(here listing places where Negro Americans are facing hardship, discrimination, and poverty)

29) But not only that:

Let freedom ring from Stone Mountain of Georgia.

Let freedom ring from Lookout Mountain of Tennessee.

Let freedom ring from every hill and molehill of Mississippi.

From every mountainside, let freedom ring.

(here uniting all parts and categories of American society and a final embracing of the total audience as all being equally  and personally involved)

30) And when this happens, when we allow freedom ring, when we let it ring from every village and every hamlet, from every state and every city, we will be able to speed up that day when all of God’s children, Black men and White men, Jews and Gentiles, Protestants and Catholics, will be able to join hands and sing in the words of the old Negro spiritual:

Free at last! Free at last!

Thank God Almighty, we are free at last!

(King immediately leaves the podium and disappears from the audience without say “goodbye” or “thank you”. He wants the audience to remember the last words of the speech and not say anything more that could harm the emphasis or diminish the impact.)


In the next lesson we will look at presentations and how a presentation differs from a speech.


Lesson eight: presentations


The informational speech:

About 80% of everything we learn we get through our eyes, only about 20% from listening. Students know this. A written English exam is easy, but a listening comprehension exam is very difficult. It is quite easy to get information by reading, but much more difficult to learn by listening.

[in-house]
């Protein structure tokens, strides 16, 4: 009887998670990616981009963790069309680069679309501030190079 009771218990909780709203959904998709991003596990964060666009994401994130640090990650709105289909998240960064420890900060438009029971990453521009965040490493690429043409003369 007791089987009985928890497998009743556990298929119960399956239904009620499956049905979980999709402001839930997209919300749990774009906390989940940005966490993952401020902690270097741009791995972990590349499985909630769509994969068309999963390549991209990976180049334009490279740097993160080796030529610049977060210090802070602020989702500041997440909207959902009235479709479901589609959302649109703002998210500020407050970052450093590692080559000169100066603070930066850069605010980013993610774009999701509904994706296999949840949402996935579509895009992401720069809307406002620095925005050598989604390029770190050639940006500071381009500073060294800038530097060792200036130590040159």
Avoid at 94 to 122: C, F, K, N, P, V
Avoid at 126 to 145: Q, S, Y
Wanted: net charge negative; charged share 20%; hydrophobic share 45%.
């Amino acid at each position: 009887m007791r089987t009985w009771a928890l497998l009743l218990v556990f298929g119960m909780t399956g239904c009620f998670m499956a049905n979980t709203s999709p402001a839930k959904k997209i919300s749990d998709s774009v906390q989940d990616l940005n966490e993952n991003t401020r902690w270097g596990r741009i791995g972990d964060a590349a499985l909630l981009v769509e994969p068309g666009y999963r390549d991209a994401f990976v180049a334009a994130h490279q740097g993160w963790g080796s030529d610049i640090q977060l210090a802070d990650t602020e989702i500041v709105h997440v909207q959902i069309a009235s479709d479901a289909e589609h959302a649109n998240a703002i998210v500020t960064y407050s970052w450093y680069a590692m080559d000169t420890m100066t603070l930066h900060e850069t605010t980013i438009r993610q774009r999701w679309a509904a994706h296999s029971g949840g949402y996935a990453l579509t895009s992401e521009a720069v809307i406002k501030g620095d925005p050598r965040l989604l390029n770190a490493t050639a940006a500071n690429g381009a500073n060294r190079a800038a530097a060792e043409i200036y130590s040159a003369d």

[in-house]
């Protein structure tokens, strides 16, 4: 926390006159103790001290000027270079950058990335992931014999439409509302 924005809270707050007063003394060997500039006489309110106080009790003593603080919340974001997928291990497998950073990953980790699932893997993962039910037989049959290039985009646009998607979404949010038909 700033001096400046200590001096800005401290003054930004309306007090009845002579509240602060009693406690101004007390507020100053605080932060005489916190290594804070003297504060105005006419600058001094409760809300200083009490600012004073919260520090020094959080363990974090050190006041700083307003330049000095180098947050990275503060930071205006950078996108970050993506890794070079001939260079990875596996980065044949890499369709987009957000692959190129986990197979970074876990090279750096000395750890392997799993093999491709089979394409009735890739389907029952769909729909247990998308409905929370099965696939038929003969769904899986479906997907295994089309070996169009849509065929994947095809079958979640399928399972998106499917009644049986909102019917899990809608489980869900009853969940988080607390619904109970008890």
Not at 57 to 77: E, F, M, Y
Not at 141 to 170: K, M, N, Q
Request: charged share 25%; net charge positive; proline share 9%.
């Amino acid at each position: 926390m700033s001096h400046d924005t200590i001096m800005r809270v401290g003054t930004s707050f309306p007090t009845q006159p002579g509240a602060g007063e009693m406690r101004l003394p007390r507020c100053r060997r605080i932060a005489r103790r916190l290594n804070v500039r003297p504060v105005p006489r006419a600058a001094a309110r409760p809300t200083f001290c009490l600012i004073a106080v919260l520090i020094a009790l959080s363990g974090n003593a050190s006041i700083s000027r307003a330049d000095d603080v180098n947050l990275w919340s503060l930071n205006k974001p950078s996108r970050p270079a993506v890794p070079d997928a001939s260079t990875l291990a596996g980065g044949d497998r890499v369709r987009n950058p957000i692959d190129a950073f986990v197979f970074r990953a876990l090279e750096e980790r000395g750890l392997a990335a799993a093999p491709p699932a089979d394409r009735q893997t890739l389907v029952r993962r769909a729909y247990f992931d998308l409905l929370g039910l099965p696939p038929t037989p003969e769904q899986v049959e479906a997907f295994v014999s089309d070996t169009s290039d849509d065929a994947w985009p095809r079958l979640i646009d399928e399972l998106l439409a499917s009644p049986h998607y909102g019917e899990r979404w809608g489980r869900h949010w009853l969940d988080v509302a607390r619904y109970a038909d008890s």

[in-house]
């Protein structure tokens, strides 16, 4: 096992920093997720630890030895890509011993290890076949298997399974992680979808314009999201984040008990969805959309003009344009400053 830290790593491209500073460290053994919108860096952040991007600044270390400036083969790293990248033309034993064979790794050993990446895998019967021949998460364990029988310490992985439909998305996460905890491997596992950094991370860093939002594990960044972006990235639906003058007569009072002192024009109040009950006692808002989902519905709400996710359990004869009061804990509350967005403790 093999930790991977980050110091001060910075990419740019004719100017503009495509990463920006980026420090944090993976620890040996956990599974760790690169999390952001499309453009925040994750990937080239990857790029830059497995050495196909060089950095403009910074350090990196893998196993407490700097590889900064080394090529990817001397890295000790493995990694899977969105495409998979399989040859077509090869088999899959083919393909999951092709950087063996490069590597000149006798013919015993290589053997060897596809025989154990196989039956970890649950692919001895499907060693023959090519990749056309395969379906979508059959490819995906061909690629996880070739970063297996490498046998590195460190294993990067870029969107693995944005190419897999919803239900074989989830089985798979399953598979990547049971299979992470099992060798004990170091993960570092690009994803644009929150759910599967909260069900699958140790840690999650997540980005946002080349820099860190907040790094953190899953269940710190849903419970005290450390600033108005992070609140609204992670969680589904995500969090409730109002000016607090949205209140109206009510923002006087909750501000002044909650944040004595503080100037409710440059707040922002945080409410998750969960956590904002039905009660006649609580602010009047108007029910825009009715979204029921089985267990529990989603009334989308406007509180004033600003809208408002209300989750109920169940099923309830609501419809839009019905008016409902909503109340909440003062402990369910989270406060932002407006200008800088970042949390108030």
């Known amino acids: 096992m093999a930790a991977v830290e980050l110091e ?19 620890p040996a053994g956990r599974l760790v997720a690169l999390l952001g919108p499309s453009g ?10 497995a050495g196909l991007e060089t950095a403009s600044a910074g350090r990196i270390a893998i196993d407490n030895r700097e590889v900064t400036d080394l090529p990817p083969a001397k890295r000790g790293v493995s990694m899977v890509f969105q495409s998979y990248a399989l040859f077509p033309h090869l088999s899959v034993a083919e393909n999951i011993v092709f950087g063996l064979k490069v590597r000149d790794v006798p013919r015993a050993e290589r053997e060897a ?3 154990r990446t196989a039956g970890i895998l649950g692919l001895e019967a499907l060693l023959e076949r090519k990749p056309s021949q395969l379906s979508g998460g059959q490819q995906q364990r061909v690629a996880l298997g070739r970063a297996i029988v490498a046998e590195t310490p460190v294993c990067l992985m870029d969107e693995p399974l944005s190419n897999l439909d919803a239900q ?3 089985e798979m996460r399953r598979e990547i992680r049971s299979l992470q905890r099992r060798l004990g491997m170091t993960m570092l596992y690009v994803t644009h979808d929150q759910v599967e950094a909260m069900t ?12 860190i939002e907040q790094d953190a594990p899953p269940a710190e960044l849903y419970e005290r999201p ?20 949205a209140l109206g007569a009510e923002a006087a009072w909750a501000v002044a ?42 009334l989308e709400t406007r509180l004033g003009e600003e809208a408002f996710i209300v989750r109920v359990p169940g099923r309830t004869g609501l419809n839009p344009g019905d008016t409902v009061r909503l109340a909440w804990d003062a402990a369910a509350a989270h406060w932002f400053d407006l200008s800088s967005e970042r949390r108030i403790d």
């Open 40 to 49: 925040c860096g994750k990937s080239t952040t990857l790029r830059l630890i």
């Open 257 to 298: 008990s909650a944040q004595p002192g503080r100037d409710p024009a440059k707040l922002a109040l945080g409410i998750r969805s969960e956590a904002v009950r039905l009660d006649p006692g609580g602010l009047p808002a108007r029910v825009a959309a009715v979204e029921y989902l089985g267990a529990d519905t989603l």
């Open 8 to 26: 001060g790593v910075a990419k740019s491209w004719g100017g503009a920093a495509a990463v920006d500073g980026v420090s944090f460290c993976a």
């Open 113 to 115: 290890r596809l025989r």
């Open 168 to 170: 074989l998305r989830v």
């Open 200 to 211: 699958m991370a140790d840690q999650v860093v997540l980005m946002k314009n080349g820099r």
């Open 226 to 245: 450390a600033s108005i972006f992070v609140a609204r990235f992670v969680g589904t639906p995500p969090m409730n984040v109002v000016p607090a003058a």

For this reason, speeches generally focus on ideas, on concepts that cannot be drawn as pictures but must be captured from the meanings of words. And because listening is so difficult, the language of a speech is simple. In a speech we avoid numbers and minimize facts. We focus on ideas.

But sometimes it is necessary to give a speech with facts and numbers. When we do that we use visual aids, display the facts and numbers written on a blackboard or projected on a computer screen with Power Point, and call it a “presentation”.

A presentation is an informational or instructive speech requiring facts and figures.

Everything learned in the last seven lessons applies to presentations. Even the style of speaking, the words chosen, are the same. We just add some visuals.

Obviously, some answers to the 5Ws may be different for a presentation. And the presenter will be using different gestures, less body language and more directed arm movements to point out displayed information. But it is important that, no matter how complex and difficult the displayed information may be, the spoken words of the presenter must still be the same simple words as in a speech. An audience at a presentation listens the same as an audience at a speech.

Preparation of a presentation is the same as for a speech, but with more detailed research. Practice is the same, but with the addition of visual aids.

In this lesson we will look at the development and use of visual aids in making a presentation.

Visual aids can be divided into two broad groups, those that are displayed for the audience during the presentation, and those that are given to the audience as hand-outs. In both cases, the presenter must still keep full control over what the audience can see and not allow these visual aids to distract the audience’s attention.